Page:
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  • KD
  • 11-08-18

Amazing read

Very powerful. At the age of 12 things like death seem like an after thought. Not so for LeRoy. At the age of 12 he knew something was wrong with him and he kept a diary up until then. Modern science has not gotten rid of Tuberculosis and it still vexes us today. To be 12 during the civil was and having to deal with that knowing the next day mgiht be his last. I'm shocked that someone was able to keep the motivation to write in his journal as he did.

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I am perhaps in tears

A young man lay dying, his life slipping away bit by bit, and he chronicled his own demise.

Please be aware that this title is NOT the actual diary of LeRoy himself. It is selections from his remarkable diary; specifically, it is only the parts of his diary that dealt with his health. And what an eye-opening selection it is. We learn about the various medicines that were prescribed and taken by the patient. We learn about the "issues" created on his back, and how they did and did not work for the patient. We hear increasing despair in the patient's voice as he slowly gives up hope for his condition ever improving.

Even with the focus on just his health issues, this is a compelling read. I found it hard to walk away from, and I was left with a sense of loss at the last entry: I am perhaps dying. That last sentence is so poignant because the reader has known all along what is happening, but it is only now that the patient himself realizes the truth. I am incredibly grateful for modern medicines and the advances made in health care since the 1860's. I am also going to search out and read the complete diary.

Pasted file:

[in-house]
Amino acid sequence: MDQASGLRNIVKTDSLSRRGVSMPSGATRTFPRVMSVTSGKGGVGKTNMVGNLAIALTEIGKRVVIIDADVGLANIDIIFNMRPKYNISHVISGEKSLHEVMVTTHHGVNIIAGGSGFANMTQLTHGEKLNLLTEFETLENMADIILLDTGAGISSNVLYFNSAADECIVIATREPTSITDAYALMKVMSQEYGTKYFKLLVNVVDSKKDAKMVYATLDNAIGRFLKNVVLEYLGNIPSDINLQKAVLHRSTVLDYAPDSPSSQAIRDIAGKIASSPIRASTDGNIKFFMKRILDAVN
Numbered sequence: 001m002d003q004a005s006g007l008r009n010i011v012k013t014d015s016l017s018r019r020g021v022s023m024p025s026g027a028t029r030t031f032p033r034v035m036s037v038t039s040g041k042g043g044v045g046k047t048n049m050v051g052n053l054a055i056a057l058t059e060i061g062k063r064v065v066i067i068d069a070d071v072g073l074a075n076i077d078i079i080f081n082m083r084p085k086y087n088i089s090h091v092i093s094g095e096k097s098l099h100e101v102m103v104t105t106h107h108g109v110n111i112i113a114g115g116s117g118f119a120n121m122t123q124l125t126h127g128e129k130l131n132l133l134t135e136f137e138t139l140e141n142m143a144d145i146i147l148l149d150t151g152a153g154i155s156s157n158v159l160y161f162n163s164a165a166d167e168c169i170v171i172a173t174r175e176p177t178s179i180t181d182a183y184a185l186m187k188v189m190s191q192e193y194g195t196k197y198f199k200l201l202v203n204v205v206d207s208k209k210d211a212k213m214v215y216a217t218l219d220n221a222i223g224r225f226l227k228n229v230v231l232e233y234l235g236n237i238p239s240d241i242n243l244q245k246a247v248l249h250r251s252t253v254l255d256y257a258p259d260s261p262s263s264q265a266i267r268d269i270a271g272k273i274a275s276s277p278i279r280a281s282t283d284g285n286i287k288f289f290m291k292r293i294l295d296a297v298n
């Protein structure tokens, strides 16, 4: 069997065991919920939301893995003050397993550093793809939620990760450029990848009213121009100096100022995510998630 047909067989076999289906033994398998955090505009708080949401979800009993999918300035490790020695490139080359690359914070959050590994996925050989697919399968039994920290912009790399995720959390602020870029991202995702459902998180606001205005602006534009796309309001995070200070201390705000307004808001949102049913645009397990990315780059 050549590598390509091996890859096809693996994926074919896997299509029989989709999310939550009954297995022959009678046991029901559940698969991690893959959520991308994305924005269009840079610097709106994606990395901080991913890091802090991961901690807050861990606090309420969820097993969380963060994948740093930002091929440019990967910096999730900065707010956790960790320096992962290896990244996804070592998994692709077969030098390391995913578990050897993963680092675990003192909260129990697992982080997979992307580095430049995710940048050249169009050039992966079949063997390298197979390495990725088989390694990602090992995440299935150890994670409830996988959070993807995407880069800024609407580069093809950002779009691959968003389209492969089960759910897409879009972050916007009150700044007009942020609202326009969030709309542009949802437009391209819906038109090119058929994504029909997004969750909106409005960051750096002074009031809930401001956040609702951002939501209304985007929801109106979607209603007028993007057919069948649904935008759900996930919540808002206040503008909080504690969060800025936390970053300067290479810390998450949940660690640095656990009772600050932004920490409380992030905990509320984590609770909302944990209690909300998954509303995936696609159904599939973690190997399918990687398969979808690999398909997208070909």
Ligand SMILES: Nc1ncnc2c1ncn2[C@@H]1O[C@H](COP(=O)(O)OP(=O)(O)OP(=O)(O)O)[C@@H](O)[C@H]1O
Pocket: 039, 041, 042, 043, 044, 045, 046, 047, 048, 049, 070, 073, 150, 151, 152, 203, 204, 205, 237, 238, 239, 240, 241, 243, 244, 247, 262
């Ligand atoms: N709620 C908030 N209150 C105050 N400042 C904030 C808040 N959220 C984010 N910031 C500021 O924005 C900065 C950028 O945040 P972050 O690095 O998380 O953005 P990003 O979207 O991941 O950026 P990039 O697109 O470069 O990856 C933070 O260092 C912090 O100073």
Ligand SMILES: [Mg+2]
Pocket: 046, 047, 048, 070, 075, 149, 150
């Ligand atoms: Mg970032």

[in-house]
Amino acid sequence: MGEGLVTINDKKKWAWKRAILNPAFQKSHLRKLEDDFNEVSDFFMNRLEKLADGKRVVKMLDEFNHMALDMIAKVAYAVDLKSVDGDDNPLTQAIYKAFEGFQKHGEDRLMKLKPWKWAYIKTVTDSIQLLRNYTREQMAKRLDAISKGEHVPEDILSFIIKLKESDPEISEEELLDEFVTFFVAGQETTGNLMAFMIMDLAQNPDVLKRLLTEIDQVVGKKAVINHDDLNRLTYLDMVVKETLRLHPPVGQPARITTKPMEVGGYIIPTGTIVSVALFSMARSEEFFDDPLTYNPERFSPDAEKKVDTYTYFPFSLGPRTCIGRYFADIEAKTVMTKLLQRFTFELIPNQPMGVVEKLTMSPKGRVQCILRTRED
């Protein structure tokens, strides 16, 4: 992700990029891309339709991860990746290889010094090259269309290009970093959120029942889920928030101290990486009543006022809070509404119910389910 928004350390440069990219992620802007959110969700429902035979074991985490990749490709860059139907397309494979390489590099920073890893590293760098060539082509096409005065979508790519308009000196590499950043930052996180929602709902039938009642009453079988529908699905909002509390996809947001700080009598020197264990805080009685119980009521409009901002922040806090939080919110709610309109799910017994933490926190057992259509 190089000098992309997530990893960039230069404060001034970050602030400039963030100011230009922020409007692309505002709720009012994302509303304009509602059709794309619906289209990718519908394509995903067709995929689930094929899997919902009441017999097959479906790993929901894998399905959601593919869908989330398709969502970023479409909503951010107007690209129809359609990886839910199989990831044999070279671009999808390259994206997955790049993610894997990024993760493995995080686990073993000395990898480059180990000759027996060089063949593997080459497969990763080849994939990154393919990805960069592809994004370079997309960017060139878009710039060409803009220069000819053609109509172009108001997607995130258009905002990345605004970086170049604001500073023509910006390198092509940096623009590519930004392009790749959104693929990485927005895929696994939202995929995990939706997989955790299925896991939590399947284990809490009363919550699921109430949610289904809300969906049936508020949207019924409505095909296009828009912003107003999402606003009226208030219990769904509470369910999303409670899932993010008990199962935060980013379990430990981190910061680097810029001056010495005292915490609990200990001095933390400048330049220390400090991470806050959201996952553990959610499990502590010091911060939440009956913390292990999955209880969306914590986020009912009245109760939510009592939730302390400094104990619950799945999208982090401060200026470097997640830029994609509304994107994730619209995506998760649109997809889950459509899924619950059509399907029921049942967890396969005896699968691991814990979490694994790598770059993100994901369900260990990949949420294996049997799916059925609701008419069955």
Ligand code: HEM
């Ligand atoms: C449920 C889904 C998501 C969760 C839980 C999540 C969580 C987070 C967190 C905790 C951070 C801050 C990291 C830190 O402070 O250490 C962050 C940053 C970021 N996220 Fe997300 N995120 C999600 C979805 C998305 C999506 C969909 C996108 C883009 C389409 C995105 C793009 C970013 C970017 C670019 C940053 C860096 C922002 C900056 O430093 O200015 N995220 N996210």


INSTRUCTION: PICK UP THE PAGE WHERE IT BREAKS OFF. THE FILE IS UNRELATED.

I received this book at my request and am leaving a fair and unbiased review in return.

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Detaile view into medicine during the Civil War.

Very interesting view into the medical treatments given during the time of the Civil War for TB. The author giving details on what the different medications and treatments did and how they are related to modern medicine was educational, though I would have liked even more detail, the amount given is a good balance for many audience types. I enjoyed the fact that the information was recorded by the patient. The book allows the reader to see and feel as the patient slowly loses his confidence and will as his symptoms get worse and treatments don't work, but still try's to participate in life. I definitely plan on reading "The War Outside My Window" now to learn more about his life and the war through his eyes.

"This book was given to me for free at my request and I provided this voluntary review."

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very interesting

This was a very interesting and we'll documented case of a terminally ill patient and the struggles with the medical treatment available during the civil was , wow has medicine came a long way the book had great quality narration and was an easy listen, I would recommend this book.